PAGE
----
2012, USA, imdb
Created by Steven Lilien, Bryan Wynbrandt and Elizabeth Sarnoff
Episode 1.01 “Pilot”
Directed by Danny Cannon
Written by Steven Lilien, Bryan Wynbrandt and Elizabeth Sarnoff
Episode 1.02 “Ernest Cobb”
Directed by Jack Bender
Written by Alison Balian
Alcatraz is a procedural built on the unstable grounds of a conspiracy. The show boasts an interesting premise, and an engaging cast. It also hints at the possibility of good writing, but the show is shrouded in so much mystery it is hard to tell if the show will properly pay-off what it seems to be setting up. In many ways, reviewing Alcatraz is like judging how sea-worthy a ship anchored in San Francisco harbour is, while the ship is obscured by a bank of fog.
The premise of Alcatraz is that the official history of the prison is a lie. The official history says that the then Attorney General Robert F. Kennedy ordered “The Rock” closed on March 1st, 1963 because of rising costs and the deterioration of the prison caused by the salt air. According to the show, what actually happened is that on March 1st, 1963, everyone on the island vanished. (256 prisoners and 46 guards, 302 people in total.)
Investigating the mystery is San Francisco Police Department homicide detective Rebecca Madsen (Sarah Jones). We first meet Rebecca as she loses her partner in a very Vertigo type accident while they pursue a criminal across the rooftops of San Francisco. Rebecca blames the mystery criminal they were chasing for the death of her partner, although the circumstances are a little bit more ambiguous. (Her partner slips while jumping from one rooftop to the next, the mystery criminal tries to kick his hands off the edge of the roof, fails and then runs. When Rebecca tries to pull her partner up, the pipe he is hanging on to collapses and her partner falls to his death. It is entirely possible that her partner would have fallen even if the criminal had fled immediately.)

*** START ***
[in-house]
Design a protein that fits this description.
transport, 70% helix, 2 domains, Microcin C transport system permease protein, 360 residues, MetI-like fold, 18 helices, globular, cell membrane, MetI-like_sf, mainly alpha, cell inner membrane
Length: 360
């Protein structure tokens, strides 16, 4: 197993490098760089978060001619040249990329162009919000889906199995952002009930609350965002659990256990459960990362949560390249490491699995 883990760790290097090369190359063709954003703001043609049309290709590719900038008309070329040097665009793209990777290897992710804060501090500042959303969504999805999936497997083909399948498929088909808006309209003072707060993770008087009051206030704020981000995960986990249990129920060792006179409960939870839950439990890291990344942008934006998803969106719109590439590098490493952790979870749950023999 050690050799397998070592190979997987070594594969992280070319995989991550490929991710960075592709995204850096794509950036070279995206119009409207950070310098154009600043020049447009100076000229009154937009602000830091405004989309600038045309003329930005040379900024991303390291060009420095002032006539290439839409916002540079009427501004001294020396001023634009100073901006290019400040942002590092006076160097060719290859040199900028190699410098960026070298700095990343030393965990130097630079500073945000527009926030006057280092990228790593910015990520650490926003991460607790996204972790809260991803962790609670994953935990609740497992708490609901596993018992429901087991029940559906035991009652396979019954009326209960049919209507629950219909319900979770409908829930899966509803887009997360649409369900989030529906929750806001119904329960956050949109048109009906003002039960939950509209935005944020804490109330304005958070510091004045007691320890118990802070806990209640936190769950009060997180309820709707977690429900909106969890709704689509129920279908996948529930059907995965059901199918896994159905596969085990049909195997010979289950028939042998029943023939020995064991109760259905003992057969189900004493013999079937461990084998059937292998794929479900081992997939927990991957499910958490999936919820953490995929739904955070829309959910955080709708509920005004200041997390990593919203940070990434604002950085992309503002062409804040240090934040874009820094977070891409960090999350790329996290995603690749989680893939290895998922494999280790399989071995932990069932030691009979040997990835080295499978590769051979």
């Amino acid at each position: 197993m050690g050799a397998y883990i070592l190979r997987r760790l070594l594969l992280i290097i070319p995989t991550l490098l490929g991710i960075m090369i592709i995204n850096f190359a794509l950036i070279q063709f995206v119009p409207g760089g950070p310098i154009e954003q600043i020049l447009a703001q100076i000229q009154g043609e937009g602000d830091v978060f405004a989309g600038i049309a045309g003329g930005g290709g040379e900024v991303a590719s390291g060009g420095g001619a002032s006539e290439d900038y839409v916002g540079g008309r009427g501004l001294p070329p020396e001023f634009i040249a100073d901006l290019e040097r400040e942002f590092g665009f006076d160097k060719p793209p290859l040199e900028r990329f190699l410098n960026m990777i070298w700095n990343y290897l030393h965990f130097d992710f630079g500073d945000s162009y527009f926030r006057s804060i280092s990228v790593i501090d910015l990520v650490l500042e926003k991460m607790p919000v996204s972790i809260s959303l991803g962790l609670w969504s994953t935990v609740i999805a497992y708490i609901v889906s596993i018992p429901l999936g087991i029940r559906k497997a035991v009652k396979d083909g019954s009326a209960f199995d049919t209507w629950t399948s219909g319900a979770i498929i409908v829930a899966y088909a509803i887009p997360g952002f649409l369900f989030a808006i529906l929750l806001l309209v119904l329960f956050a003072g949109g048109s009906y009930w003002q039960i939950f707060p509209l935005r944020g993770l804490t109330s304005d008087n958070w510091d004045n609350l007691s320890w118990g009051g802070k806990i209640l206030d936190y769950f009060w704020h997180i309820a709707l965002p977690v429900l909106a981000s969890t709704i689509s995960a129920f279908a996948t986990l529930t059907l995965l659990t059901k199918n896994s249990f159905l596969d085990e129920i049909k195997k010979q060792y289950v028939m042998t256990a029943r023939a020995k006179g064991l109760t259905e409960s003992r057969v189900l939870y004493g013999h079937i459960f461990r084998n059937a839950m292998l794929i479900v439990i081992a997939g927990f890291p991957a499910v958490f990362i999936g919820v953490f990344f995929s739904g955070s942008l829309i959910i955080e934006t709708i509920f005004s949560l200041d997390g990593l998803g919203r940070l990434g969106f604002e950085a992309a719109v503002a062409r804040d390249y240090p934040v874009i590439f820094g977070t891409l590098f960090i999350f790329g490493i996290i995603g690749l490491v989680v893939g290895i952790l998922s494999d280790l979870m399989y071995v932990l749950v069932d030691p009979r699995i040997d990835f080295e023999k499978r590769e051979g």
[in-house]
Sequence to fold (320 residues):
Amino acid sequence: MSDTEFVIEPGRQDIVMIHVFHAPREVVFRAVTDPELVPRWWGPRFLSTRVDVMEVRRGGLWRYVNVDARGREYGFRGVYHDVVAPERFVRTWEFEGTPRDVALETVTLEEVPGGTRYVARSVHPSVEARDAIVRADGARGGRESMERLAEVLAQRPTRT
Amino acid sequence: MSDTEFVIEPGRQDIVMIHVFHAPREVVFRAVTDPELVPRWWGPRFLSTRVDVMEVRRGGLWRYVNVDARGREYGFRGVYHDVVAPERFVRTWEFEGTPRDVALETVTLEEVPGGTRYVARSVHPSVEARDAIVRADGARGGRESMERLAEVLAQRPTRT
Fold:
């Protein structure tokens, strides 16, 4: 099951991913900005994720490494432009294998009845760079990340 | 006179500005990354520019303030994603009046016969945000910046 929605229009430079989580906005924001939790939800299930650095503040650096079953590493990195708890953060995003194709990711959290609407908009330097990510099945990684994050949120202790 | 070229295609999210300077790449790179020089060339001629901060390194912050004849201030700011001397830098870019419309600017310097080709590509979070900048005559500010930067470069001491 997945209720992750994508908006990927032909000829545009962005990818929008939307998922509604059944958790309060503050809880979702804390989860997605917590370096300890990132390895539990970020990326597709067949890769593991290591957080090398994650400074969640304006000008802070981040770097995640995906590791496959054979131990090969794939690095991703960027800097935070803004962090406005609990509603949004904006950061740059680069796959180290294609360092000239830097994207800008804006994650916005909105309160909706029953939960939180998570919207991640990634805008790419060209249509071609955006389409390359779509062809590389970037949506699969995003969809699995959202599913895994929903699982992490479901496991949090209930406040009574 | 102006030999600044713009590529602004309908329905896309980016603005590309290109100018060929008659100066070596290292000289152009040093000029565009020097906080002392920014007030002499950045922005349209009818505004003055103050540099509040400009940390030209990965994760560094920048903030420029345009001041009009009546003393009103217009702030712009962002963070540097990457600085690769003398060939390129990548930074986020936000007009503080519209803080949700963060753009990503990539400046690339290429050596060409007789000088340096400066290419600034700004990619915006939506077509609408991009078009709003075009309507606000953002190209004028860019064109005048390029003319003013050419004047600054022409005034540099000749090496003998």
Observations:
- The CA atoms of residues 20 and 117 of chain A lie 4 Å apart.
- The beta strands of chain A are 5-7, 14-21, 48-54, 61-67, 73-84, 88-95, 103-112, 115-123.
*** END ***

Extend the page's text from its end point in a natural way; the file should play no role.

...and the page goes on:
While resisting attempts by her lieutenant to choose a new partner, Rebecca is assigned to investigate the homicide of an elderly man who turns out to be E. B. Tiller, the former deputy warden of Alcatraz and a former FBI agent. Rebecca is kicked off the case by Federal agent Emerson Hauser (Sam Neill) but on her way out the door, she swipes a framed photograph disturbed by the killer. The print matches the name Jack Sylvane and while his records are sealed, Google matches the name with a former Alcatraz inmate.
Rebecca recruits historian Doctor Diego Soto (Jorge Garcia) author of several books about Alcatraz to help her explore the connection to “The Rock”. In the process, she reveals her own personal connection to Alcatraz: after her parents died, she was raised by her “uncle”, former Alcatraz guard Ray Archer (Robert Forster) who told her that her grandfather Tommy Marsden was also a guard there.